Monday, May 5, 2014

Brother Sun, Sister Moon and Hatha Yoga

The "sun and moon" theme, which is the emblem of the Community of Francis and Clare, comes from St. Francis, "The Canticle of The Sun," which says:

Praised be You, my Lord, 
with all Your creatures,
especially Sir Brother Sun, who is the day 
and through whom You give us light...
Praised be You, my Lord, 
through Sister Moon and the stars,
in Heaven You formed them 
clear and precious and beautiful...

A variation on this song was recorded by Donovan and is perhaps best known from the 1972 movie about the life of St. Francis, "Brother Sun, Sister Moon." listen to it here

The early church fathers Ambrose and Augustine saw the sun as a symbol of Christ and the moon as a symbol of the Church. The sun/moon theme has other meanings as well, representing masculine/feminine, revealed/hidden, or the Chinese yang/yin. The Sanskrit word "hatha" in "hatha yoga" is translated "sun-moon" implying balance of male and female, body and soul, exhale and inhale, strength and receptivity.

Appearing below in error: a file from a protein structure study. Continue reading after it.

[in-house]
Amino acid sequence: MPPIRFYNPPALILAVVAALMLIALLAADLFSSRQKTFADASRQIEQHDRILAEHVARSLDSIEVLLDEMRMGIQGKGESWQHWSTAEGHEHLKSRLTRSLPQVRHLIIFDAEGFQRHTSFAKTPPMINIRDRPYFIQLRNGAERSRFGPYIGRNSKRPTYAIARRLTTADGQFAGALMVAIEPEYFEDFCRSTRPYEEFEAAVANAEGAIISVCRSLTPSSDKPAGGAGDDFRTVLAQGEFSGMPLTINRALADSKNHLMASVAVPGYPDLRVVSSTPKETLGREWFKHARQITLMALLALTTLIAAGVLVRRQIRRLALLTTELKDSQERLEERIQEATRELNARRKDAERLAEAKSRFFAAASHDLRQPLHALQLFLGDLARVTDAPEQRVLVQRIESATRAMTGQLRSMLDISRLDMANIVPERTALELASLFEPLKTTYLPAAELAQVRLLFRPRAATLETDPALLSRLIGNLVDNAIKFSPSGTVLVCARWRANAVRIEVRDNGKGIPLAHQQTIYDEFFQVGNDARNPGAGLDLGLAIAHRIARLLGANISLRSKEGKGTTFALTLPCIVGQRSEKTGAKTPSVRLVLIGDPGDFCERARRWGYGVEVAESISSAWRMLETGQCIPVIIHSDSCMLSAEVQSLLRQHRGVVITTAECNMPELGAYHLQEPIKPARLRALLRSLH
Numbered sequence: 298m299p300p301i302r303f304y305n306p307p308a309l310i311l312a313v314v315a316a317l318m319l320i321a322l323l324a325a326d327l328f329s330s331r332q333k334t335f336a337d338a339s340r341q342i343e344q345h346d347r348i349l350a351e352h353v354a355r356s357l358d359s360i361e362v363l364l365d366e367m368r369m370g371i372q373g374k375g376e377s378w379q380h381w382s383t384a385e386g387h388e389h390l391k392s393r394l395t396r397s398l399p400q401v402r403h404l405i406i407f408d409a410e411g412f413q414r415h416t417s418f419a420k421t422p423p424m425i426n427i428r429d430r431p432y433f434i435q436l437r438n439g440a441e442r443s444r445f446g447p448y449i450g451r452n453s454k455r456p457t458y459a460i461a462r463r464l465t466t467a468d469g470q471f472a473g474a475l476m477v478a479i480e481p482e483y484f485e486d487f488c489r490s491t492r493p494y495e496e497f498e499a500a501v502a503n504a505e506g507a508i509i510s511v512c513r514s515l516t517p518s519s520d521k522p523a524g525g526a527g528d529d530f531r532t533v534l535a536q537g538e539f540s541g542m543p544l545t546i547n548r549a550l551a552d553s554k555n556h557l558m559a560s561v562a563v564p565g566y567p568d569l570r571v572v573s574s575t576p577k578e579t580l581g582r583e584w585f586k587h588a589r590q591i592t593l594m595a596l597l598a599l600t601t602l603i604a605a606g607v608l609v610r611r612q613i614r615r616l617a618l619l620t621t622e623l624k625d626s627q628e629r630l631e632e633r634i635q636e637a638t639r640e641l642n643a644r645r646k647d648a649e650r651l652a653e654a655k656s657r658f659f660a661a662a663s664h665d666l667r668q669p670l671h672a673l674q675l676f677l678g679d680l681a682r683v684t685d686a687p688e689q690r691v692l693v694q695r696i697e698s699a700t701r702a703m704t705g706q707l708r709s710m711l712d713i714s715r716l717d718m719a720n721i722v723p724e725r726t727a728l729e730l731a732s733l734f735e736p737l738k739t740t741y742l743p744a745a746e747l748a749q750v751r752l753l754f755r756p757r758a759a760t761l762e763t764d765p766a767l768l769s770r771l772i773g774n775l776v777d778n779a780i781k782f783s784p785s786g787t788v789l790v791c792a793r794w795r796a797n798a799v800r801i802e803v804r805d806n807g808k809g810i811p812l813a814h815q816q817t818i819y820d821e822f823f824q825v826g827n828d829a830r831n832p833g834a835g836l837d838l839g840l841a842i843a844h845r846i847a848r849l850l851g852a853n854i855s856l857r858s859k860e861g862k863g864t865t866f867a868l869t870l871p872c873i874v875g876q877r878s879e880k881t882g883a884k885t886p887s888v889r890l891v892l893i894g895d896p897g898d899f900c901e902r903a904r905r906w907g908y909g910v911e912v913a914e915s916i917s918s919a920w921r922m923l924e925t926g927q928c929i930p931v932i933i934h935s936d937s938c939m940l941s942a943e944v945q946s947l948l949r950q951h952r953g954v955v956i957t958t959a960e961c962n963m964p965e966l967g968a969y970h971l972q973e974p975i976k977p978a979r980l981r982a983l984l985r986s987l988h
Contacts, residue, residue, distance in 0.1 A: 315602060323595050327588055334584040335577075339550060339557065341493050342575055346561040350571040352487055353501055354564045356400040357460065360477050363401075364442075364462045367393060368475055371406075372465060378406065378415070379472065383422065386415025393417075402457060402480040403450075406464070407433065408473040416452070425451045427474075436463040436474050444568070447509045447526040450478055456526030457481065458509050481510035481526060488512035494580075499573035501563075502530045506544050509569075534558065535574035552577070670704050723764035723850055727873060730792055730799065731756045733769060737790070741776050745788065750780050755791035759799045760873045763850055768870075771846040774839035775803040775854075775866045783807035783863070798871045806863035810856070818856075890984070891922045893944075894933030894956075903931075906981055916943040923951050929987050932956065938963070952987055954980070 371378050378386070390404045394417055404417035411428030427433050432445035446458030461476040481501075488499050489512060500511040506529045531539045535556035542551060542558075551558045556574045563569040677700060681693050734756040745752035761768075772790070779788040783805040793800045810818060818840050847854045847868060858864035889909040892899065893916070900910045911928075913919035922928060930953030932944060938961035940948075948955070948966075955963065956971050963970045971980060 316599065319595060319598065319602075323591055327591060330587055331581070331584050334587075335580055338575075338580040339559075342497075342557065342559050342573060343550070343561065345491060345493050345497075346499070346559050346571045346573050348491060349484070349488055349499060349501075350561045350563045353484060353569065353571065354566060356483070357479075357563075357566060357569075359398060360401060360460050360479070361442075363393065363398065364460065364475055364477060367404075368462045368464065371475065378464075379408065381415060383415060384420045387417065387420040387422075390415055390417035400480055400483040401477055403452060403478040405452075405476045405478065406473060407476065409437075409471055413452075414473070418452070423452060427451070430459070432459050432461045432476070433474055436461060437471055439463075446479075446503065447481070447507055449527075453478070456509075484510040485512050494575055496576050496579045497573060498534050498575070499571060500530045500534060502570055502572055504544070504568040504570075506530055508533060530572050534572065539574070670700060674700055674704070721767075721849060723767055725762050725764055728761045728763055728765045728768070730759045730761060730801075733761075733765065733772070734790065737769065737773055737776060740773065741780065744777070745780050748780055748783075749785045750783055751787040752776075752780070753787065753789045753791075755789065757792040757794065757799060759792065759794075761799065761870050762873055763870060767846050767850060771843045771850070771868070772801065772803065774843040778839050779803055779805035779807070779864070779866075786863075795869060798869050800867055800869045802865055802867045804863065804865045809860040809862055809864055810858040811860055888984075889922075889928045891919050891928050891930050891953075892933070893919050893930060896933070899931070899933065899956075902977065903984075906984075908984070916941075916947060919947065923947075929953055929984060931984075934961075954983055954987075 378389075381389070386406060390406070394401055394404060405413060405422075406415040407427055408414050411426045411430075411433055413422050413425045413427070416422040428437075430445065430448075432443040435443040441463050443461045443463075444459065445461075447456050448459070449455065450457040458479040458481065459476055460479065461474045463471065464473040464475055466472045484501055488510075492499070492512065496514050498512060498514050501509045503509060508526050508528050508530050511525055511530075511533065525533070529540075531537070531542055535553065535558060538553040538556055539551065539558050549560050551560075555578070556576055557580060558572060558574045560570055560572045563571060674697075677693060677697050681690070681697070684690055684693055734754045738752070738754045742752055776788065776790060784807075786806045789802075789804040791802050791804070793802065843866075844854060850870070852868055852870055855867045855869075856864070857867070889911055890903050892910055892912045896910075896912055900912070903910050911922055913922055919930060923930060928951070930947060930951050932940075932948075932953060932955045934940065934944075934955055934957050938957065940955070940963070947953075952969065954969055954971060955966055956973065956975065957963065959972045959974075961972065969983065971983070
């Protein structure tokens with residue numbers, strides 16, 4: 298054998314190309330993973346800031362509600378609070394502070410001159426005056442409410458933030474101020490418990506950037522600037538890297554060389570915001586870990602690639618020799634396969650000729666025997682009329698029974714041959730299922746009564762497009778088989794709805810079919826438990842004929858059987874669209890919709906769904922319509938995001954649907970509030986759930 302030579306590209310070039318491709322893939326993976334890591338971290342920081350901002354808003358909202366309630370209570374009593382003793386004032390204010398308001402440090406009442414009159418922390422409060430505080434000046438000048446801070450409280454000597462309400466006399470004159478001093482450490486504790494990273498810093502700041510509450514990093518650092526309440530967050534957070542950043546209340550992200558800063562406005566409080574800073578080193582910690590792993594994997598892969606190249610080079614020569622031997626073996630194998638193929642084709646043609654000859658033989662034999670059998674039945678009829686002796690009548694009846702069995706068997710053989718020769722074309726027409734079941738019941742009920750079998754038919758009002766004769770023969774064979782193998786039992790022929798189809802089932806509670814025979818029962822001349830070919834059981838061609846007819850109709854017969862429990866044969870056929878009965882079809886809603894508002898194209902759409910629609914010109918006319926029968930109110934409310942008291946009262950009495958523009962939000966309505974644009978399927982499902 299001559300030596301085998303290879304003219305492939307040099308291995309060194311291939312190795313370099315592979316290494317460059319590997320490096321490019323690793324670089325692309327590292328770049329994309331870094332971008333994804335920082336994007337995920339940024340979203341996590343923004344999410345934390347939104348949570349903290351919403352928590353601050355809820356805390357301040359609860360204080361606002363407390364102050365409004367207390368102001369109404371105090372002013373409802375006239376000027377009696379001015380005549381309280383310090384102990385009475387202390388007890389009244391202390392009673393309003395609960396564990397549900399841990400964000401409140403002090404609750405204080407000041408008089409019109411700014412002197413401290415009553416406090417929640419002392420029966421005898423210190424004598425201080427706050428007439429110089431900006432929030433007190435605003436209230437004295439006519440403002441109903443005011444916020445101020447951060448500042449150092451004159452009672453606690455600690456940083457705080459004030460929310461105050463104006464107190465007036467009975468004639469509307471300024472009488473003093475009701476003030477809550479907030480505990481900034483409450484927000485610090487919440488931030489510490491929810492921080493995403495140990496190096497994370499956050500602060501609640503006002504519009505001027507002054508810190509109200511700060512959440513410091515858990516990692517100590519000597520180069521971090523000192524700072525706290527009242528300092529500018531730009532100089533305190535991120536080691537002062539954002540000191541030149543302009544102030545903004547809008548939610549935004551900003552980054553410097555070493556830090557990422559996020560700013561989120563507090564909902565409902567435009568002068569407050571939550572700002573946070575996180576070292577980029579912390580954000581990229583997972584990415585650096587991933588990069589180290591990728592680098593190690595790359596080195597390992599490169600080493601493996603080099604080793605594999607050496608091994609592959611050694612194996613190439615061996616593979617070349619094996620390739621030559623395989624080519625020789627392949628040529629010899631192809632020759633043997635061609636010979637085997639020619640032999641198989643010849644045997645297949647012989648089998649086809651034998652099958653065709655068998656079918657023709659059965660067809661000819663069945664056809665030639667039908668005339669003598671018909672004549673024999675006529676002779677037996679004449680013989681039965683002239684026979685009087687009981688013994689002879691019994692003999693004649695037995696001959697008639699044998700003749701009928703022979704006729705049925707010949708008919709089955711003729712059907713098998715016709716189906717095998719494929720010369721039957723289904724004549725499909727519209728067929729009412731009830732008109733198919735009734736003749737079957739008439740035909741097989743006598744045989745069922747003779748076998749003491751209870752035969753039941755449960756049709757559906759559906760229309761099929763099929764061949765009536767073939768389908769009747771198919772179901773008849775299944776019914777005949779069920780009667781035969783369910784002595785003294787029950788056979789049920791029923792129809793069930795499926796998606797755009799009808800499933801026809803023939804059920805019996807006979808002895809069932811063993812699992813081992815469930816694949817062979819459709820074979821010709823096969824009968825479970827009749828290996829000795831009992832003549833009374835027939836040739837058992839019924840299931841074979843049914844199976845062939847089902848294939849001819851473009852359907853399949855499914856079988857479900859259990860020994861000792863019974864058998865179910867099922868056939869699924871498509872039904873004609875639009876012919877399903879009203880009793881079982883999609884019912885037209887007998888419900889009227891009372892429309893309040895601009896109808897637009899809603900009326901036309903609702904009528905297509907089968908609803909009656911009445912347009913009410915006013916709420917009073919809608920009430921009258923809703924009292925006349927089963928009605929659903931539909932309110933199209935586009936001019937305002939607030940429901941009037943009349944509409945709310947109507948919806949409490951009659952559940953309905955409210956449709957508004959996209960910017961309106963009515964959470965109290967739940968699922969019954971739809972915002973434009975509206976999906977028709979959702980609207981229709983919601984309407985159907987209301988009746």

The ancient yogis understood health as something which is not only physical, but also spiritual: wholeness. The spiritual aspect of health is something which is only now beginning to be acknowledged by mainstream medicine in the west.

The word "yoga" means "yoke" or "union" - union of body and spirit, of heaven and earth. In the modern world, yoga is often treated as mere physical exercise, or even acrobatics, completely ignoring the spiritual dimension. On the other hand, religious traditions have tended to focus on the soul while neglecting the body, regarding it as unimportant or even perhaps evil. Let us remember that our body is the temple of the Holy Spirit.

The practice of hatha yoga can allow us to experience that balance, wholeness, and unity regardless of our particular religious or philosophical background.  It is not a Hindu practice.  Persons of any religion can do hatha yoga to realize their spiritual ideals in a tangible way through breathing and movement.

Many Christians, including Franciscan monks and nuns in Assisi, do yoga as part of their spiritual practice. Jesus said "Take my yoke upon you, and learn of me; for I am meek and lowly in heart: and ye shall find rest unto your souls. For my yoke is easy, and my burden is light." (Mat. 11:29).

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